During his first years in Letchworth, Ratcliffe worked as a freelance designer producing illustrations of the Garden City for books, postcards and the annual engagement calendar published by new printing companies such as the Garden City Press, as well as possibly continuing with his wallpaper designs.3 However, with Gilman’s encouragement, Ratcliffe decided to abandon graphic design and enrol at the Slade School of Fine Art in London. He studied there part-time for a term starting in January 1910,4 and at the same time began attending the regular ‘At Homes’ held at 19 Fitzroy Street under the auspices of Walter Sickert. Paintings such as Interior c.1911 (private collection),5 which depicts a woman seated in a domestic interior painted in bright colours with impasto brushstrokes, show the impact the new group had on his work.6 Likewise, in depicting a central London square in Clarence Gardens 1912 (Tate T03359, fig.5), Gilman’s and Gore’s treatment of similar subject matter is evident.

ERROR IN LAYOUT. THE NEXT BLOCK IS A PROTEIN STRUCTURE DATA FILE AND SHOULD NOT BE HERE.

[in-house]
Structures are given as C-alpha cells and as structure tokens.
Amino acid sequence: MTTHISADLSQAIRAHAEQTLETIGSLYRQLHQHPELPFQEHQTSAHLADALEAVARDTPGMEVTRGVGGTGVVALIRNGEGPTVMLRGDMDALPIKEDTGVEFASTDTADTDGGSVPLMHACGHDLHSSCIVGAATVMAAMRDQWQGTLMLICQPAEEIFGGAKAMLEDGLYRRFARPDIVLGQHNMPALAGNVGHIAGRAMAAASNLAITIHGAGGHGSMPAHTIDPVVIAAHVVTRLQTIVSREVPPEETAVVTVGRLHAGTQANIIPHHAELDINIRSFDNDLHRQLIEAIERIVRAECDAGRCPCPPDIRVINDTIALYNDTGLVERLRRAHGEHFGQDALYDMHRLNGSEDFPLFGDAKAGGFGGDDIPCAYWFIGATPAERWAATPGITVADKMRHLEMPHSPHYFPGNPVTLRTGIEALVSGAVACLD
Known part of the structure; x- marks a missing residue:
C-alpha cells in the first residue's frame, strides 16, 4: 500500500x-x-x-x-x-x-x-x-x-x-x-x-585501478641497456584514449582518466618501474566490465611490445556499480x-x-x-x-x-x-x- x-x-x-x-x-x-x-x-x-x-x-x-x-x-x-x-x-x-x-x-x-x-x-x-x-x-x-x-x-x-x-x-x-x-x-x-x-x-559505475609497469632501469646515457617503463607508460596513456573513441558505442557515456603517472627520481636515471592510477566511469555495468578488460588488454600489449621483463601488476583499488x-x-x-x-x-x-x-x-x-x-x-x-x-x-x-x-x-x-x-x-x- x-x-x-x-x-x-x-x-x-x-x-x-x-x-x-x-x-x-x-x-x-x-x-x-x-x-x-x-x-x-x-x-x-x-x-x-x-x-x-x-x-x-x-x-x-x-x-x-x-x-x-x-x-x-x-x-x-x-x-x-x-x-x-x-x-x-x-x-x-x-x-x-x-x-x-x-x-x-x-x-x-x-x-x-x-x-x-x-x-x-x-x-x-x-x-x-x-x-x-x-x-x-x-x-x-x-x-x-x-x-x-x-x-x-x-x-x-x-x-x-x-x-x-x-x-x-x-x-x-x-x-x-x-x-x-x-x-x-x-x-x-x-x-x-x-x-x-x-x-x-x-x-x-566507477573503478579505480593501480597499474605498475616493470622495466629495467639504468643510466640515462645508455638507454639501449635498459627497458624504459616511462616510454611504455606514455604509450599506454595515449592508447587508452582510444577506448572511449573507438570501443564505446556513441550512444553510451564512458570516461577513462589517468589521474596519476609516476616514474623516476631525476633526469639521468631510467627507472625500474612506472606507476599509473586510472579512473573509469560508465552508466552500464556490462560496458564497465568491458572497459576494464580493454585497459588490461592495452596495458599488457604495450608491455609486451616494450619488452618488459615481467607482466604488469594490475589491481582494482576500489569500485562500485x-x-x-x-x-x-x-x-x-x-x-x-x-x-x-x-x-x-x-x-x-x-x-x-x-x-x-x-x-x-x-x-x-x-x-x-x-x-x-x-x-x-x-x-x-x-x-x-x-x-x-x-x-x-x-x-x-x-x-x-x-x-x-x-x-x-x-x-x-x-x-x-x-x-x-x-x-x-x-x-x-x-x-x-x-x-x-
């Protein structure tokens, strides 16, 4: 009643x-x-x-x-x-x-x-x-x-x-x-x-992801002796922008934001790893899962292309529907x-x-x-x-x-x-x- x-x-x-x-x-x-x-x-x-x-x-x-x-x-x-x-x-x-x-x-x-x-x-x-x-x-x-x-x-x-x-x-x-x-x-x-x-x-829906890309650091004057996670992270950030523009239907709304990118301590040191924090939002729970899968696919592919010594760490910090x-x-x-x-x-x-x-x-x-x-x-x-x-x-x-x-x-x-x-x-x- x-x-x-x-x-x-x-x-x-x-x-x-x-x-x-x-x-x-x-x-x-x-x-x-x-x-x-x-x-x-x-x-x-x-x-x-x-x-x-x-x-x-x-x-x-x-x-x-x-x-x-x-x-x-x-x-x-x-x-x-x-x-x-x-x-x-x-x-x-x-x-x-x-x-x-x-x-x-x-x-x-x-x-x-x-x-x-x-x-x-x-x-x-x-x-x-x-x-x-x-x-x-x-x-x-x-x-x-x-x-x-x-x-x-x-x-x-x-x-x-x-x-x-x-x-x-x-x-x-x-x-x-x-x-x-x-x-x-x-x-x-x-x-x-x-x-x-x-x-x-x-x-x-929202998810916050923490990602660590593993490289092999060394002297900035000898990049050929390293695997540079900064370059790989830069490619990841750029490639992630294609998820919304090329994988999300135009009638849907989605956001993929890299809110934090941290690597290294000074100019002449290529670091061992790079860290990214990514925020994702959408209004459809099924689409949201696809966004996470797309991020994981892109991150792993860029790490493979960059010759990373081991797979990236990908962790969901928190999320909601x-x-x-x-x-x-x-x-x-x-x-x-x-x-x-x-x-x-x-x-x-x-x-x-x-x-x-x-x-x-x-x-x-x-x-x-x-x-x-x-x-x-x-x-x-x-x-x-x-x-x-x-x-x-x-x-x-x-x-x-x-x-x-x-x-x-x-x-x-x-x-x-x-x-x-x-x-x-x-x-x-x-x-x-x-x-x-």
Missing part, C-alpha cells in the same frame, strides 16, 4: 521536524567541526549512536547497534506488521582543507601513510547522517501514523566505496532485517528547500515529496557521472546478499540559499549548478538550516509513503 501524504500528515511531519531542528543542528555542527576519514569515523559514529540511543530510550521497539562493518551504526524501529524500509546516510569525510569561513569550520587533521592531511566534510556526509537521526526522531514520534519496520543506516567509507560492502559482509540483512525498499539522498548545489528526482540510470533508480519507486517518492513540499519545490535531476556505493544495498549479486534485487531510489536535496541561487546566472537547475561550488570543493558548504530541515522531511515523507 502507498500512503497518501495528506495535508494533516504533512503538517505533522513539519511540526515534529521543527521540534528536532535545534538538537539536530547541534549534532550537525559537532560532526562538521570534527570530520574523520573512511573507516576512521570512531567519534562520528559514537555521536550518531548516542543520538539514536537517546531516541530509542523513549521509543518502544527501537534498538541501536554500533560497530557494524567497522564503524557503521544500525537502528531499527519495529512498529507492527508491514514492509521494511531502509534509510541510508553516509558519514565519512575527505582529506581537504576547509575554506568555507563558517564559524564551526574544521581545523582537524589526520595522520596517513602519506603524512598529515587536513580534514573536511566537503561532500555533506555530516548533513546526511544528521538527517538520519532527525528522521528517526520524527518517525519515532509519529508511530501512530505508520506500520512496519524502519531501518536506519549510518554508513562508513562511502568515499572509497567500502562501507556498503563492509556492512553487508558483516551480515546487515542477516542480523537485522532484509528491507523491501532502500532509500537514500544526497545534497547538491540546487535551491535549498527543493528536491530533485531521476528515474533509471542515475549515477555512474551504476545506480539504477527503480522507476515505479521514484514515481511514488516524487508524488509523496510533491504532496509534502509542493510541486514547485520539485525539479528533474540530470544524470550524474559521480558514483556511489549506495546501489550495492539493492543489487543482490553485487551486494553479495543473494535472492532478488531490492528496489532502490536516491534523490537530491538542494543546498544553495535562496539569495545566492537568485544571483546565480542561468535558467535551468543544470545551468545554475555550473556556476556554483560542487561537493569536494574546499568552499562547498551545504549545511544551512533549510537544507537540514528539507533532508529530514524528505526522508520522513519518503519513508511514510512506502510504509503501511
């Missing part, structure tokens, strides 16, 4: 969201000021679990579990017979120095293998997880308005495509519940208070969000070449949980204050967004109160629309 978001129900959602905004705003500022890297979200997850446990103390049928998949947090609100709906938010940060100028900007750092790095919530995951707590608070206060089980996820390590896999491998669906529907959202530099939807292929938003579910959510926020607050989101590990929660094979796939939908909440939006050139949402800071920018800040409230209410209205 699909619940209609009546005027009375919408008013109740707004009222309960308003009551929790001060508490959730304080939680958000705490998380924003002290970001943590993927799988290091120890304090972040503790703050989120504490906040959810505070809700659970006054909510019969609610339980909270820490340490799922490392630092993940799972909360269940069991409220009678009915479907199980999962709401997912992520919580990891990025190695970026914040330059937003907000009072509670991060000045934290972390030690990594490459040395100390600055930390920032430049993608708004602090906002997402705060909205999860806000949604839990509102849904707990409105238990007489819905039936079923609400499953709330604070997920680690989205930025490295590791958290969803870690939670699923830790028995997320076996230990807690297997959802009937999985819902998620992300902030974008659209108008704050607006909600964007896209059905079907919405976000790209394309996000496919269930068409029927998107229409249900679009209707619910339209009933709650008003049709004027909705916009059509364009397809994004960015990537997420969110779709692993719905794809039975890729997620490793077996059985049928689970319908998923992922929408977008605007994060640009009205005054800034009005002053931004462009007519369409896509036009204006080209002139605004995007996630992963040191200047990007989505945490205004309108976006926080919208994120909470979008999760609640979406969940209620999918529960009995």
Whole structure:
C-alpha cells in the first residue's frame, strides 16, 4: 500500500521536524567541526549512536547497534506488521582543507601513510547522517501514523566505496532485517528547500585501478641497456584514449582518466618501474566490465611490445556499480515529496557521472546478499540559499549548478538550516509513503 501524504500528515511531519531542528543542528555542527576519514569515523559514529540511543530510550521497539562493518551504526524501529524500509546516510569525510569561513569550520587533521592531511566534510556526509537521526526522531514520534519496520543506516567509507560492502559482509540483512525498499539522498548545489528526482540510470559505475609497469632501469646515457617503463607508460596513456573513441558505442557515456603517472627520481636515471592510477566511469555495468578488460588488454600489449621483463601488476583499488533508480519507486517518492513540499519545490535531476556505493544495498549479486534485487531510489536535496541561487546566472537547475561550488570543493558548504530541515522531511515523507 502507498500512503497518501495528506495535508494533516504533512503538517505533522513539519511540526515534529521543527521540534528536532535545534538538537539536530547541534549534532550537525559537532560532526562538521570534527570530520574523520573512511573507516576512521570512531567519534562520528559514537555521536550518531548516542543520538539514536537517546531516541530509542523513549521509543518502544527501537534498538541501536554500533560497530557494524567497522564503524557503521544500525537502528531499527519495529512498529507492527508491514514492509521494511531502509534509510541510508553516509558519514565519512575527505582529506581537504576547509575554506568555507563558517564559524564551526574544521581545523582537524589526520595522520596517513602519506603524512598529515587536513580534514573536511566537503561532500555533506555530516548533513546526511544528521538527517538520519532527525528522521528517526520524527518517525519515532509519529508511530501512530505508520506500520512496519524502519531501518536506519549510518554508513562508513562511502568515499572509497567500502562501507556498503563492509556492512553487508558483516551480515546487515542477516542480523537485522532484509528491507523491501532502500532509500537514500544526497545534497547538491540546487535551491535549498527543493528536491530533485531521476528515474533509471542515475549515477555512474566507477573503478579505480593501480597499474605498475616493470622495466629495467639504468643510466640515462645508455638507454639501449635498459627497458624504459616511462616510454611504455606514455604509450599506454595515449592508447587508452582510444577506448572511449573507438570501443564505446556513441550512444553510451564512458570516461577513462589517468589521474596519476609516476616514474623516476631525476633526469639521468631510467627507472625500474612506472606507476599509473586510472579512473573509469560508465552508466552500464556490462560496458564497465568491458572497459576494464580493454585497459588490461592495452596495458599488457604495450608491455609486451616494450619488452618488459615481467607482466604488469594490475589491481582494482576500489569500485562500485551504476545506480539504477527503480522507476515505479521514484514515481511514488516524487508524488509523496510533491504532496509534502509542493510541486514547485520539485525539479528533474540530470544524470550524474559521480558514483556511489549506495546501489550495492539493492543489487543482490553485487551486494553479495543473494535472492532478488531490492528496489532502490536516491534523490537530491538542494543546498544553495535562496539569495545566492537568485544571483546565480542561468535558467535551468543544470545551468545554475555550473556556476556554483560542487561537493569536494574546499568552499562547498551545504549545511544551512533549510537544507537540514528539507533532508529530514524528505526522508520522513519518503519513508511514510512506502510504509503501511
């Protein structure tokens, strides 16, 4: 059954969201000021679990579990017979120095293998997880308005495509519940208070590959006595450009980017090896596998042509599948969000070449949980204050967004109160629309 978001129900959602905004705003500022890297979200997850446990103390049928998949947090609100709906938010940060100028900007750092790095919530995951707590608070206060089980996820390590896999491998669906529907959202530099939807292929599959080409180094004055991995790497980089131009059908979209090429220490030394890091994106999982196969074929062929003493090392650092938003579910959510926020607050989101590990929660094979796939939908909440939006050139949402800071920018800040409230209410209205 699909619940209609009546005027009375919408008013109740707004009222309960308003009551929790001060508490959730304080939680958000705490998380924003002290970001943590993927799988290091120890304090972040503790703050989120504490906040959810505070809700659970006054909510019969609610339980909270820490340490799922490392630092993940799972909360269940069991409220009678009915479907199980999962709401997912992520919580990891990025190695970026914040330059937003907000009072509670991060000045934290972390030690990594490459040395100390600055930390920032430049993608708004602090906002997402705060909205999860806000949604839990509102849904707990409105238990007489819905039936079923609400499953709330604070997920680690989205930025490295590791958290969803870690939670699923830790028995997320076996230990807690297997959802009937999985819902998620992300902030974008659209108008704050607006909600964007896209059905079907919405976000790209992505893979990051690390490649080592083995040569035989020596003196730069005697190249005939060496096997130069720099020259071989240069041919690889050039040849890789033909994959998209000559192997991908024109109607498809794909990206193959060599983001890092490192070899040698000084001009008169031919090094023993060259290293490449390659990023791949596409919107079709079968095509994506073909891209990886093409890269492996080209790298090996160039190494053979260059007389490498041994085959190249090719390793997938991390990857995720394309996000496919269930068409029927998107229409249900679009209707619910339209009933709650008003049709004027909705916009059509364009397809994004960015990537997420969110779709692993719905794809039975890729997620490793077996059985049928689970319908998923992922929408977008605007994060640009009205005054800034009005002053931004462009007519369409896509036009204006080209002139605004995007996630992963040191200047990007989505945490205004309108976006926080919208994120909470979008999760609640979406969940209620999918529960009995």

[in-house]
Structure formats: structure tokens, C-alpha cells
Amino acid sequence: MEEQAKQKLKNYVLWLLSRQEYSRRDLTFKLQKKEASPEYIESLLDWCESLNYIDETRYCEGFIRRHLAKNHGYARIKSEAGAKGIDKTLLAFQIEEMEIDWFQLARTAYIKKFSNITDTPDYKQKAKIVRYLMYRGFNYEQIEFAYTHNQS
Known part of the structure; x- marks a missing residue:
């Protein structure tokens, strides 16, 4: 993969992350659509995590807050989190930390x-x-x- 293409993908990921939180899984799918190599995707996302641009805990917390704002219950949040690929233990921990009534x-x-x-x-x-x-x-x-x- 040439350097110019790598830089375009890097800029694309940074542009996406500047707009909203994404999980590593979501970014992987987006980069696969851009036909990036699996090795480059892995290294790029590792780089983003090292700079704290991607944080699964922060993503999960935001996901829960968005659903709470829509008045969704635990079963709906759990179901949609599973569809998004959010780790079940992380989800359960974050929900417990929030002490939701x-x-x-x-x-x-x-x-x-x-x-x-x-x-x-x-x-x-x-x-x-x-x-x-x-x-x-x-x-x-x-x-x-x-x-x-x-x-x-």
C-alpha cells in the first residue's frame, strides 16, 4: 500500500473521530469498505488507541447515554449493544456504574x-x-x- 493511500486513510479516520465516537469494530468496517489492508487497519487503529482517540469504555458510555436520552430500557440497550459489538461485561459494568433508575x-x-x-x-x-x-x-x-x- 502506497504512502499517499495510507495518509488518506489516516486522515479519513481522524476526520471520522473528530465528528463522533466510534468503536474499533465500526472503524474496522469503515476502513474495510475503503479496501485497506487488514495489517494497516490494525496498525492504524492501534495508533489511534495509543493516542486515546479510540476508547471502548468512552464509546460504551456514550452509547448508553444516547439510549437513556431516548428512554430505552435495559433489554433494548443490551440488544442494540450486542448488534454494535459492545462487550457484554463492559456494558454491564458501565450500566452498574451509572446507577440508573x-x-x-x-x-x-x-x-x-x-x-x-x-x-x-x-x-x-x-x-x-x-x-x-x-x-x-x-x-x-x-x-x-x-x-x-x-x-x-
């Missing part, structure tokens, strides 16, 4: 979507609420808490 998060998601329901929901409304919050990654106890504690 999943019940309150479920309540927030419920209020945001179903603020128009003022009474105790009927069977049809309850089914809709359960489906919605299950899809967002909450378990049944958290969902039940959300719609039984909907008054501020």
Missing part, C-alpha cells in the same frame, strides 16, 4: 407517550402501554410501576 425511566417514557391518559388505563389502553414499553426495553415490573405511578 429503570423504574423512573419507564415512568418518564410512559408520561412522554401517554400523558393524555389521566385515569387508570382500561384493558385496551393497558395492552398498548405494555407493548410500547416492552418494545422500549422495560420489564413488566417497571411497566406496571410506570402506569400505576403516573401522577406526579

William Ratcliffe (6 October 1870 – January 1955) was one of the Camden Town Group of artists in early twentieth-century England. Although he never achieved the fame of other members of the Group, such as his friend and mentor Harold Gilman, he remained a full-time artist throughout his life, relying on the support of friends and family.
Modern Painters: Sickert's famous dictum heralded a move towards a gritty realism in British painting